Chris has spent the past 18 months working as the senior science technician at Gateway College. He talks to Rachel Bolton-King about his typical day
Gateway College is based in Leicester city centre and has ca 1500 students, most of who are 16–18-year olds. There are five faculties and Chris works within the science and mathematics department where he is the senior of two technicians. He is the technician for chemistry and physics courses, including GCSE, BTec and A-Level, and also supports the biology-based technician.
Chris’ work follows a weekly cycle. Every Thursday he meets with staff teaching courses in chemistry, physics and sometimes biology for an hour. They discuss the curriculum specifications and targets for the forthcoming week and decide on practicals that will illustrate and enhance students’ understanding of the topics to be covered. The title of each experiment is written on a white board in its relevant lesson period. Using this timetable, Chris plans and organises the equipment required for each lesson in advance.
On Fridays, Chris puts the chemicals and apparatus required for each practical into separate labelled trays. On Mondays, he tests the apparatus and chemicals to ensure all experiments work correctly. This can take him two–three hours and he makes changes if there are problems, for example he might have to re-make contaminated solutions. Chris also demonstrates and explains unfamiliar practicals to teachers to ensure they can do the experiments competently.
Prior to a practical lesson, Chris sets up any demonstrations required. He then arranges equipment around the laboratory, leaving the students to learn how to set up their apparatus. Some students arrive at the college with little lab experience so to improve their practical skills the faculty runs science courses that involve more experiments than suggested in the curriculum. Chris uses his scientific training to devise practicals to explain complex topics, such as reversible reactions. He uses resources, such as the Royal Society of Chemistry (RSC) website and RSC publications, to help design experiments.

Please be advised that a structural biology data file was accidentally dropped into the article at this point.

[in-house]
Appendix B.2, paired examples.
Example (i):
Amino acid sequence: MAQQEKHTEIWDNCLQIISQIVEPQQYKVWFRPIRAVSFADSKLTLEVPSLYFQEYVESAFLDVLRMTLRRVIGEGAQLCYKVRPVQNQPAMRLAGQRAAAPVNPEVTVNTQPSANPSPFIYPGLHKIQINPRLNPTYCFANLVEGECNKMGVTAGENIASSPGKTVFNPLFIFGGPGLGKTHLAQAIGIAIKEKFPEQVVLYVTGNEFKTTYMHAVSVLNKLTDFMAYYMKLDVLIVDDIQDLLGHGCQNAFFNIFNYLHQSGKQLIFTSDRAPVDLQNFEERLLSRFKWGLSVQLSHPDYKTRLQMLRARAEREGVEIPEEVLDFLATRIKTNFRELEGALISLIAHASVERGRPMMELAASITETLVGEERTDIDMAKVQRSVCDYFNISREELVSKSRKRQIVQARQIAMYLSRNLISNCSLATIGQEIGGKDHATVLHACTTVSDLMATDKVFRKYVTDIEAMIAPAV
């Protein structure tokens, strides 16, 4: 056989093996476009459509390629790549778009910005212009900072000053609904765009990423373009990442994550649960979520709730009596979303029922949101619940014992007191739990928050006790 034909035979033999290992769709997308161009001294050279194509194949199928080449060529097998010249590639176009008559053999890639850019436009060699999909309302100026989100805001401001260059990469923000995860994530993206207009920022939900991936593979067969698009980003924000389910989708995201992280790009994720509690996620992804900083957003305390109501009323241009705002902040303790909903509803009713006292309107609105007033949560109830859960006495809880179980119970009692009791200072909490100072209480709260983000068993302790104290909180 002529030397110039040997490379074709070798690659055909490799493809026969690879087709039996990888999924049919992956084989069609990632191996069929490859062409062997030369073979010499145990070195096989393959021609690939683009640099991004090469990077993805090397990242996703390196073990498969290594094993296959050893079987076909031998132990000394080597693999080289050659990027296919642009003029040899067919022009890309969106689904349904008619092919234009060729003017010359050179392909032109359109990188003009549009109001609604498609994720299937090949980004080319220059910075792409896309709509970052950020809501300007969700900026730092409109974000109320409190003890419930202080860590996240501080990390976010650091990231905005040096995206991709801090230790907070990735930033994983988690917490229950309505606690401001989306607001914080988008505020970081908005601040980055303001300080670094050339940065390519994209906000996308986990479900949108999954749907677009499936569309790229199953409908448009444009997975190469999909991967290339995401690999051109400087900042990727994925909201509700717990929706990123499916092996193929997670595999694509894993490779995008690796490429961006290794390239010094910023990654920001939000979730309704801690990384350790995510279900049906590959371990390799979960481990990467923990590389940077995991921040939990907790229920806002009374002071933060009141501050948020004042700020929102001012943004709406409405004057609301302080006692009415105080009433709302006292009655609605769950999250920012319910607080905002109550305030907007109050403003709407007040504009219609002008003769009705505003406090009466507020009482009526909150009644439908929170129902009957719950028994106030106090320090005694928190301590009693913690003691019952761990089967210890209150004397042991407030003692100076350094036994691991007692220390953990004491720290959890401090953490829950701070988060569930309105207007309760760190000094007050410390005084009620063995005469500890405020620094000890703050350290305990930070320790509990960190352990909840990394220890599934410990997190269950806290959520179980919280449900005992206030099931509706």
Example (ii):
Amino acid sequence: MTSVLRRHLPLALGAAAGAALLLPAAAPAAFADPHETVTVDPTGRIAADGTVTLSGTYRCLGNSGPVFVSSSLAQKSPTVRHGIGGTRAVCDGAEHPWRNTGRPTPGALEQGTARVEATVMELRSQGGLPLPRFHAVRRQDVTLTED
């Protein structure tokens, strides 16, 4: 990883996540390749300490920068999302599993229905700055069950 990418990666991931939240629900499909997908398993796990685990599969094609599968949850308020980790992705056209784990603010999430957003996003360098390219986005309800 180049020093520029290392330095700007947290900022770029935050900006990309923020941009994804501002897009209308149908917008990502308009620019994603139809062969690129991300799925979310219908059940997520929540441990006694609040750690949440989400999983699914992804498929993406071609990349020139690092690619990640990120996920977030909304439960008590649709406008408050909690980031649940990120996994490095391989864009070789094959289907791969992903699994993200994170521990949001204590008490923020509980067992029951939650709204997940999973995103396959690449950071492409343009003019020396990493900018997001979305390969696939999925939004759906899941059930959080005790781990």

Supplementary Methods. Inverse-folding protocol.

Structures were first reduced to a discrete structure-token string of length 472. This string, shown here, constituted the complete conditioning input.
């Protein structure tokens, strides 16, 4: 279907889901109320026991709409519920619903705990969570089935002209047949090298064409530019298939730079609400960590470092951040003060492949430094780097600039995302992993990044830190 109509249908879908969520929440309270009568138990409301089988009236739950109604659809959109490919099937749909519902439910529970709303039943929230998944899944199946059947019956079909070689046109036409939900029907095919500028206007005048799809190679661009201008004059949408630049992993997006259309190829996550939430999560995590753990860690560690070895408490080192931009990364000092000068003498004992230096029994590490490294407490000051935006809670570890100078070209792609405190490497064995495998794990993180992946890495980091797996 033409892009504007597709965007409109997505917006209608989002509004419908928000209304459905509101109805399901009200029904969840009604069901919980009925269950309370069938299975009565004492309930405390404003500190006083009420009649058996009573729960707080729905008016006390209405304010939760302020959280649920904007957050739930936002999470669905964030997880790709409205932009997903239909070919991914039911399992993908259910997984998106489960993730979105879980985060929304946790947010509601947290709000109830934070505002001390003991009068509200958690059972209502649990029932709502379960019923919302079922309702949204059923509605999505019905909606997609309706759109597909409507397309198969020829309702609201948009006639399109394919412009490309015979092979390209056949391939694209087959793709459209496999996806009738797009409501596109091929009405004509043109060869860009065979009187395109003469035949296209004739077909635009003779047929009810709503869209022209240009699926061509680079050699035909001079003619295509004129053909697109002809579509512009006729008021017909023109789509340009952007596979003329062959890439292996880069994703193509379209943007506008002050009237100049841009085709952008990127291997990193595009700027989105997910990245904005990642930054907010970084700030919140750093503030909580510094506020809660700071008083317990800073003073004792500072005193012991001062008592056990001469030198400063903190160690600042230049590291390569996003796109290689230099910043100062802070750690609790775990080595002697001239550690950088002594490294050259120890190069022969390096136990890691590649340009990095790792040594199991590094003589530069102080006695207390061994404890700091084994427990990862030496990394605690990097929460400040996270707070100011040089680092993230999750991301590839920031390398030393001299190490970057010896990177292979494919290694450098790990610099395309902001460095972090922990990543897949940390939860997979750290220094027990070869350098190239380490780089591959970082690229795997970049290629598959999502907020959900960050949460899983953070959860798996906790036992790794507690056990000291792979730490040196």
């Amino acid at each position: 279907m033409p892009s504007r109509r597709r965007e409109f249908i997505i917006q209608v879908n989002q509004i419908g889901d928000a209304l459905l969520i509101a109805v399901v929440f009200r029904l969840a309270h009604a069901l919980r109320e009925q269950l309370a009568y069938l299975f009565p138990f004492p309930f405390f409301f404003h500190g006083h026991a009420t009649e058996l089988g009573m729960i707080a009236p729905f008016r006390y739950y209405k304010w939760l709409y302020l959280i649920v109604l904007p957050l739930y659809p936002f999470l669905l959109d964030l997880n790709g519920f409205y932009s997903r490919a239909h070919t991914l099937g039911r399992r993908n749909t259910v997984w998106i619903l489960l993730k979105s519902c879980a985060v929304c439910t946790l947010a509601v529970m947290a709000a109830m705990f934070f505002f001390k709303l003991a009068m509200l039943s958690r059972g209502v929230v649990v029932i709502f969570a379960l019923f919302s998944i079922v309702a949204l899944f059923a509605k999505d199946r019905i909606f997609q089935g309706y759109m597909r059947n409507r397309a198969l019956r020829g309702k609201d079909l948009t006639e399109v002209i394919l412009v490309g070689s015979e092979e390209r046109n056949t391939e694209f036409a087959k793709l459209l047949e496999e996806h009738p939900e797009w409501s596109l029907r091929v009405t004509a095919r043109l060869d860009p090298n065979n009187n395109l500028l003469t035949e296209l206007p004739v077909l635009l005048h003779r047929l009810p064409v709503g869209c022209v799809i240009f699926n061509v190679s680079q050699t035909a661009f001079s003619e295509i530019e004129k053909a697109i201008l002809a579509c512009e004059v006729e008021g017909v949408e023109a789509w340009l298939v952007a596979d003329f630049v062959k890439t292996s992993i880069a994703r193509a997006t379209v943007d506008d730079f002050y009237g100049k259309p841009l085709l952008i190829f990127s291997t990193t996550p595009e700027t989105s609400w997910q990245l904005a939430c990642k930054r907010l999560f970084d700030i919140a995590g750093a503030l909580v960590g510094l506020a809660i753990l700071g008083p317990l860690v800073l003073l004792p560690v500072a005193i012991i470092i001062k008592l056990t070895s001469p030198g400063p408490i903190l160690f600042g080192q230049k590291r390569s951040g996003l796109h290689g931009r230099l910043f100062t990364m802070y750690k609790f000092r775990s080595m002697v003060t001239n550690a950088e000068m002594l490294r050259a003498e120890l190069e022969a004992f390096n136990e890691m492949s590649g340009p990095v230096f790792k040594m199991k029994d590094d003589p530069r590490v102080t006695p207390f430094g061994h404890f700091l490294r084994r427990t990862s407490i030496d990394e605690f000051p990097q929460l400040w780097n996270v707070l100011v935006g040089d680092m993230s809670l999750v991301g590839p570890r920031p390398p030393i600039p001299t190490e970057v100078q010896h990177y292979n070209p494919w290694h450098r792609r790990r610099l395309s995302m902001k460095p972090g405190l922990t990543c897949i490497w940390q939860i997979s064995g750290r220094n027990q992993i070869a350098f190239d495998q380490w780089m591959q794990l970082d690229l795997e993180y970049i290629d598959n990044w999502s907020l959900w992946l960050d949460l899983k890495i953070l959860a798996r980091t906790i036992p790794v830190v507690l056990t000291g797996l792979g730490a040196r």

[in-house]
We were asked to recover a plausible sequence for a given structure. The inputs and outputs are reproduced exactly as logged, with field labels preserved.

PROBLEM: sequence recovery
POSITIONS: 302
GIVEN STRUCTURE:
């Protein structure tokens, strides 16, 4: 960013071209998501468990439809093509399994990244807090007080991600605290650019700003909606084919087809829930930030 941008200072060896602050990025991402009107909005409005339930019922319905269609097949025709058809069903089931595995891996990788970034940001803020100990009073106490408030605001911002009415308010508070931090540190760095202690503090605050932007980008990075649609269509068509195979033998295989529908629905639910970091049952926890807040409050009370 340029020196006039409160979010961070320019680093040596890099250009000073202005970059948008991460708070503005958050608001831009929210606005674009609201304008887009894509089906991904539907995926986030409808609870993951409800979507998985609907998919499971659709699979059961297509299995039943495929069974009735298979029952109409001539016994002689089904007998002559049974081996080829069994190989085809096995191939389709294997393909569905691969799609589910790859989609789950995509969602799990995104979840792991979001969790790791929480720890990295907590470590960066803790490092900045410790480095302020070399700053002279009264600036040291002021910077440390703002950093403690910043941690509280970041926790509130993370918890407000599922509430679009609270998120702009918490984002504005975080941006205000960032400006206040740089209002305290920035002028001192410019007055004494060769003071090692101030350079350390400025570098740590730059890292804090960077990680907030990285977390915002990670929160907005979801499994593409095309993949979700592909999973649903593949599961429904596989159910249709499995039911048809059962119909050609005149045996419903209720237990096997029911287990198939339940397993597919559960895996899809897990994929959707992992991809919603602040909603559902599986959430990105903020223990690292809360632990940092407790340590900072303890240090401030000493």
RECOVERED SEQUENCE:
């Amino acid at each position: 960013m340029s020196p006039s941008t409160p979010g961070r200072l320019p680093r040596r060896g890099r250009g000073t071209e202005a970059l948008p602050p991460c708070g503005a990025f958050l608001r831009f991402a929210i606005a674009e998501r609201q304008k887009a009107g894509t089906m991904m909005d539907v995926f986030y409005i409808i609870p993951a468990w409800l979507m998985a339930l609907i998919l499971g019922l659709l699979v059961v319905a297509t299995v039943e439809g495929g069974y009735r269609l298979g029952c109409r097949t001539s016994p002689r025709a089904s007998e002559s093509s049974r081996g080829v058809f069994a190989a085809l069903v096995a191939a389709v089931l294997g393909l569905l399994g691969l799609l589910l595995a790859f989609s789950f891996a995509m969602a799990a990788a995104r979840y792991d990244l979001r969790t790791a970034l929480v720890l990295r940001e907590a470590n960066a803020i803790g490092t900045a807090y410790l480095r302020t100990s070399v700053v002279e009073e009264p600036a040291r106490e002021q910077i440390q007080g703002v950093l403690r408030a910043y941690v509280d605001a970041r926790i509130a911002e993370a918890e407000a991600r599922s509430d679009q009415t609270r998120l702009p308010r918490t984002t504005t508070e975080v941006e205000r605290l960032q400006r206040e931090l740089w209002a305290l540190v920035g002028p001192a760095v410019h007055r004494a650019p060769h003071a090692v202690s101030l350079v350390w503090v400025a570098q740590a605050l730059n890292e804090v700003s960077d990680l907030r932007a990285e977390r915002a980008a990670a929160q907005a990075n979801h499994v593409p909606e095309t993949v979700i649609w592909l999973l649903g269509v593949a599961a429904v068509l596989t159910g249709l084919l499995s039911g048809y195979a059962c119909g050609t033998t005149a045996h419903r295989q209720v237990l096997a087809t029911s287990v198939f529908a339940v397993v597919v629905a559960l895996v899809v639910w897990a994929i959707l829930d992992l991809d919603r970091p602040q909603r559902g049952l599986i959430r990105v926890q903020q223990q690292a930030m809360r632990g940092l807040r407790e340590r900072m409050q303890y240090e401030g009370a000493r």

The students’ lack of practical experience requires Chris to be present in up to 60 per cent of lessons to provide extra support for the students and principal teacher, and to minimise risk associated with using hazardous materials, such as handling concentrated acids. By helping in the classroom Chris can provide teachers with valuable information on students’ progress as well as highlight instances where students may require further support.
After each lesson, Chris takes the apparatus to his prep room and washes dirty glassware, first by hand and then in a specialist dish-washer. He then either resets the tray for another group or puts the equipment away carefully. Chris also manages the faculty’s budget for reagents and glassware, and orders new stock as required.
Other than lab-based work, Chris plans and organises visits to local science sites, such as Leicester University and AstraZeneca. He accompanies the students on these visits, which are designed to enhance students’ understanding of science and show industrial applications of specific techniques, eg mass spectrometry.
Insight into teaching
Chris applied to be a technician to build on his scientific experience, gain insight into secondary science education and explore his career prospects in teaching. He aims to start a teacher training course in a couple of years.
Pathway to success
2007–present, senior science technician, Gateway Sixth Form College, Leicester
2006–07, gap year travelling across Europe
2003–06, BSc biomedical science with accreditation (2.i), De Montfort University
1999–2003, biology, chemistry, psychology A-levels and GNVQ double advanced health and social care, Longslade Community College, Leicester
PhD student, Rachel Bolton-King was given a grant by Chemistry: the next generation (C:TNG) to write this article in collaboration with Education in Chemistry.
This article was originally published in InfoChem
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